It was only a matter of time. The recent Russian pull-back of troops clearly indicated a broad shift in tactics, and the one thing that the Kremlin avoided for several months seemed like the next most logical step – Full spectrum strikes on Ukrainian infrastructure.
Initially, Ukraine’s media spin suggested that the precision strikes were “ineffective”, with western news outlets showing only a handful of images of craters in streets and some scarred apartment buildings. There were limited admissions of damage to the power and water grids, but Ukraine claimed that these systems would be back and functional within days. This did not happen.
Not surprisingly, Ukraine suffered far more damage to their utilities than the government and media let on. Later estimates ranged from 60% to 80% of the nation’s grid destroyed or unusable and the latest satellite photos of active lights at night support this. Below, we can see lights across Ukraine on February 24th at the start of the war.
Next, we have an image taken from November 24th.
More than half the nation is in total darkness and the comparison to neighboring countries is stark. For the majority of the war Ukraine enjoyed near full use of their power grid, internet, water, gas, and other amenities, which is highly unusual during an invasion. The reasons for Vladimir Putin seeking to avoid damage to infrastructure are unknown, but public optics are the most likely explanation. With power resources nearly destroyed, the citizenry of Ukraine is facing a long cold winter with little to no relief in sight.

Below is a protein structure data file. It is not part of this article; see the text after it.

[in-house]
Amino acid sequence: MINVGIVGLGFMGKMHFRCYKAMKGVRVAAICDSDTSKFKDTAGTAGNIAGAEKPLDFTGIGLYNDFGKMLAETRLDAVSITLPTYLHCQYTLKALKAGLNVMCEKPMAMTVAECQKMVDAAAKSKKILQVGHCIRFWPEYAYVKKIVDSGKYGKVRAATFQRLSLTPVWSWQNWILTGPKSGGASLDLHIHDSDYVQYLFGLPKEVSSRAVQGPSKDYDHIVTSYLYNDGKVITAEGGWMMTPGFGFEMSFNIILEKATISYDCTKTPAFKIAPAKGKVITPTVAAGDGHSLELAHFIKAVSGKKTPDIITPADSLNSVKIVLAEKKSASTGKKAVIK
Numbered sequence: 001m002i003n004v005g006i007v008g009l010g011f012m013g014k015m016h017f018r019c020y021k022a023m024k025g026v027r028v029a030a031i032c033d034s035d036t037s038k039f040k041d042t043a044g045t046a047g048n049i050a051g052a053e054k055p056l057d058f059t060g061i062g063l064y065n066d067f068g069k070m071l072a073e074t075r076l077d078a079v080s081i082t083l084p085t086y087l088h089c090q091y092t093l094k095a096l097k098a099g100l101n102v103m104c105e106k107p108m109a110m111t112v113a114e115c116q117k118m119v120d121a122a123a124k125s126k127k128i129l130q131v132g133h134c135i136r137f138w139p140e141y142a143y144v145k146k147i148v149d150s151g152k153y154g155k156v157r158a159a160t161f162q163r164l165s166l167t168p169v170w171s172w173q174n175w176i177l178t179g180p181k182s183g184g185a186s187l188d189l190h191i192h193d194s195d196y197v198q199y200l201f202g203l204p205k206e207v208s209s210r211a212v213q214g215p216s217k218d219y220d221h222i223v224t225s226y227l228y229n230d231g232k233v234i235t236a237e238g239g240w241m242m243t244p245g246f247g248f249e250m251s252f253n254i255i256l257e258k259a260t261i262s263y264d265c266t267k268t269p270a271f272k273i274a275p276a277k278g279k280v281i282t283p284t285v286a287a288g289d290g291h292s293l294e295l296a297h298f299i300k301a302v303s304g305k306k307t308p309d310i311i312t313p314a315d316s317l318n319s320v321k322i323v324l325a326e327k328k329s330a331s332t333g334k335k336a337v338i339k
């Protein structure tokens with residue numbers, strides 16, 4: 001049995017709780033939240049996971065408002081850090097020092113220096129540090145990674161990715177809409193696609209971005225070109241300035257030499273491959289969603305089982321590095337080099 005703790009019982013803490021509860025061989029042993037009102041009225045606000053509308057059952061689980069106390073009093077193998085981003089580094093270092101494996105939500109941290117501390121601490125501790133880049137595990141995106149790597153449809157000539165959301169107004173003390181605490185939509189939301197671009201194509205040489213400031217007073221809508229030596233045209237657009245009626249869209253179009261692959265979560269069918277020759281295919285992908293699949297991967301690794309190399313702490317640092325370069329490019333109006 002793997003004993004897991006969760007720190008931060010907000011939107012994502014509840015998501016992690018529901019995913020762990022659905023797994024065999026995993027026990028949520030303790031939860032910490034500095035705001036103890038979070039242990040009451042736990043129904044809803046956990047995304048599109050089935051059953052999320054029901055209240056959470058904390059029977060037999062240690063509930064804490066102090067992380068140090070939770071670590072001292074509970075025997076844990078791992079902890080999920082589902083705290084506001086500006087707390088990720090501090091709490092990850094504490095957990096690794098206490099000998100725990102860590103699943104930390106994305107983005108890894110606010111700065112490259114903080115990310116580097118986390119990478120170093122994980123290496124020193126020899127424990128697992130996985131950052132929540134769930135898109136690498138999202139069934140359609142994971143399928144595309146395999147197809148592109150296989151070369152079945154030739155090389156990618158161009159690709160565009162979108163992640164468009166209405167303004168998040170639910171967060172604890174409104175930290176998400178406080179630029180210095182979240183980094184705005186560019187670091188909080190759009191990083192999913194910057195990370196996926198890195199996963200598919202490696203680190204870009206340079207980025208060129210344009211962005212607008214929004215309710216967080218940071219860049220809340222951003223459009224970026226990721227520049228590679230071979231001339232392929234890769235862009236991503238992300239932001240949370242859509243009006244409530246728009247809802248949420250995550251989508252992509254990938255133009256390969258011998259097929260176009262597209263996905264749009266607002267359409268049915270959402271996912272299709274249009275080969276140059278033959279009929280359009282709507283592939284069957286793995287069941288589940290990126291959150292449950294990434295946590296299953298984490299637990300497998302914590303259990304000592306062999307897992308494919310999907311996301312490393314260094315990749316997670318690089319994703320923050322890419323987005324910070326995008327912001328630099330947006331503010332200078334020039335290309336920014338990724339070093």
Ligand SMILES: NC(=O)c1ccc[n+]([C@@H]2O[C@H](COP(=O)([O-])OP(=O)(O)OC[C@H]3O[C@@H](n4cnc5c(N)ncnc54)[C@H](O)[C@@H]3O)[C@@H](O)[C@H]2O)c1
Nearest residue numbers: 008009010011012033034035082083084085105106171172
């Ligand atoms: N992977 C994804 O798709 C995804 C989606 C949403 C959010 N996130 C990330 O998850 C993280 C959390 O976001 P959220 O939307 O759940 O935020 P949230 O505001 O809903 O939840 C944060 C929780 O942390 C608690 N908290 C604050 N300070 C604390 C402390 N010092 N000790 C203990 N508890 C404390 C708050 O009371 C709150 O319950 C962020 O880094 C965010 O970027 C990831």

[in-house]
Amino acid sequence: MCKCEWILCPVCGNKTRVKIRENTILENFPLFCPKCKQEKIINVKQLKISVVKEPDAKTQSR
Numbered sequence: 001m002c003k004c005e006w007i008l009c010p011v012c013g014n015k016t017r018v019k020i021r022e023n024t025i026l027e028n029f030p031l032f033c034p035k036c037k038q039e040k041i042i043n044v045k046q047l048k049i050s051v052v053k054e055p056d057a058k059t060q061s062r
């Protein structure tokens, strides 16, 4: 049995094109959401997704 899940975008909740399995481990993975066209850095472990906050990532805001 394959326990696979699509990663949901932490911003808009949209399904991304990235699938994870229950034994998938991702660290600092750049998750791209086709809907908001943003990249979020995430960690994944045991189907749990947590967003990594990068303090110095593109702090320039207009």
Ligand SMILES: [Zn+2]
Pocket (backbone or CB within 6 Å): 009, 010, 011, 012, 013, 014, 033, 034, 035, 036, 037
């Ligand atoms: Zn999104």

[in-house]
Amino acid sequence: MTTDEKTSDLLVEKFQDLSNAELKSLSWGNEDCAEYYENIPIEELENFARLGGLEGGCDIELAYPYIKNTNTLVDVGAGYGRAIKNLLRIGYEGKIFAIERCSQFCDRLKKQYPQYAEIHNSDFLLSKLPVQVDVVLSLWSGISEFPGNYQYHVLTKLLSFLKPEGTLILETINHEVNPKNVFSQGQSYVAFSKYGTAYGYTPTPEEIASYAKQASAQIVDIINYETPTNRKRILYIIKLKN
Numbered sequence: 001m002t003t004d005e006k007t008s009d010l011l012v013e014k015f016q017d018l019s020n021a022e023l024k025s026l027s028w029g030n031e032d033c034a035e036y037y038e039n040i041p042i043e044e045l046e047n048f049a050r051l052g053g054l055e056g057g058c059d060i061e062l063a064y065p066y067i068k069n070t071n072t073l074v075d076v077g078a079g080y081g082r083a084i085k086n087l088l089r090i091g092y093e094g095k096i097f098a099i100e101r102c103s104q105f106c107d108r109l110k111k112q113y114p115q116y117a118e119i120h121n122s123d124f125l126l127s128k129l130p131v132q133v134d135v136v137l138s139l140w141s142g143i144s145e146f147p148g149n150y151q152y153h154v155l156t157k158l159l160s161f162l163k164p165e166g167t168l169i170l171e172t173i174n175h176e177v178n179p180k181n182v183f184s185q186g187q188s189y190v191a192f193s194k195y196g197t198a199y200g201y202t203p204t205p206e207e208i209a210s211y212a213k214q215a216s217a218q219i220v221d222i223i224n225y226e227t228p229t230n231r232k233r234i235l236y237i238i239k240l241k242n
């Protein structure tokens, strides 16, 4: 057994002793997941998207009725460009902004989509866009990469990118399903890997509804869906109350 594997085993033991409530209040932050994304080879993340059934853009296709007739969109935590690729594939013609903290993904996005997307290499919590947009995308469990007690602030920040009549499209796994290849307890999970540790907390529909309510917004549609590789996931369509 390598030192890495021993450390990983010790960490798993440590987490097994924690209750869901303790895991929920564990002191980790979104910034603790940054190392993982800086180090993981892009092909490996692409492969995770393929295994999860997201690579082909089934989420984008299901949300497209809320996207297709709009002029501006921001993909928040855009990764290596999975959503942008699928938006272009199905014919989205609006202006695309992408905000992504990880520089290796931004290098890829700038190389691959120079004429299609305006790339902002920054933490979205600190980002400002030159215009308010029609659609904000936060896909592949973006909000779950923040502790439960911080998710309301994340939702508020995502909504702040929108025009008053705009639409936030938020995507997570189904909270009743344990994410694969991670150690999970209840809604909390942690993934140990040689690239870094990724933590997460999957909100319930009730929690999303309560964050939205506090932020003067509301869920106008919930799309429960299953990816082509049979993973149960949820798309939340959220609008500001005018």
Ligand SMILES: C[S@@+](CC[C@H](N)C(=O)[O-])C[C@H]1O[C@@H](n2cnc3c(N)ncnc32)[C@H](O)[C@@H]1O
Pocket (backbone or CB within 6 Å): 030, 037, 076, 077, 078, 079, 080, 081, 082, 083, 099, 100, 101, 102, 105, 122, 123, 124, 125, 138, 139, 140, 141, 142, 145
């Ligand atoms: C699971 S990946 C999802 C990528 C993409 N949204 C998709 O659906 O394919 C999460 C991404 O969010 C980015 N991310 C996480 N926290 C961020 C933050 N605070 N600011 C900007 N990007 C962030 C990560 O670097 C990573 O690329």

No doubt the media will portray this as a cold weather holocaust, though, elimination of infrastructure is usually the first measure of a large scale attack. It is standard operating procedure for the US military, for example. At this point, the coldest temperatures have yet to hit Ukraine, with average lows of 21°F (-6°C) in December. This kind of weather is not a problem with infrastructure intact, but with the grid down there will be chaos.
Water pipes will freeze and bust across major population centers, leaving only well water. The effects of the cold will be cumulative, and without heating and electric most other operations including economic operations will grind to a halt. Ukraine’s population will have gone from relative comfort to brutal survival in the span of a couple months.
The next most obvious outcome is a refugee crisis, with millions of people seeking shelter in neighboring countries in order to escape the cold. Though mainstream analysts are finally admitting to the grid problem, there is still very little coverage of the actual consequences we are about to witness. The assertions that Ukraine is “winning” the war are harder to sell while at the same time acknowledging the massive economic and humanitarian disaster that is escalating in the wake of supposed victory.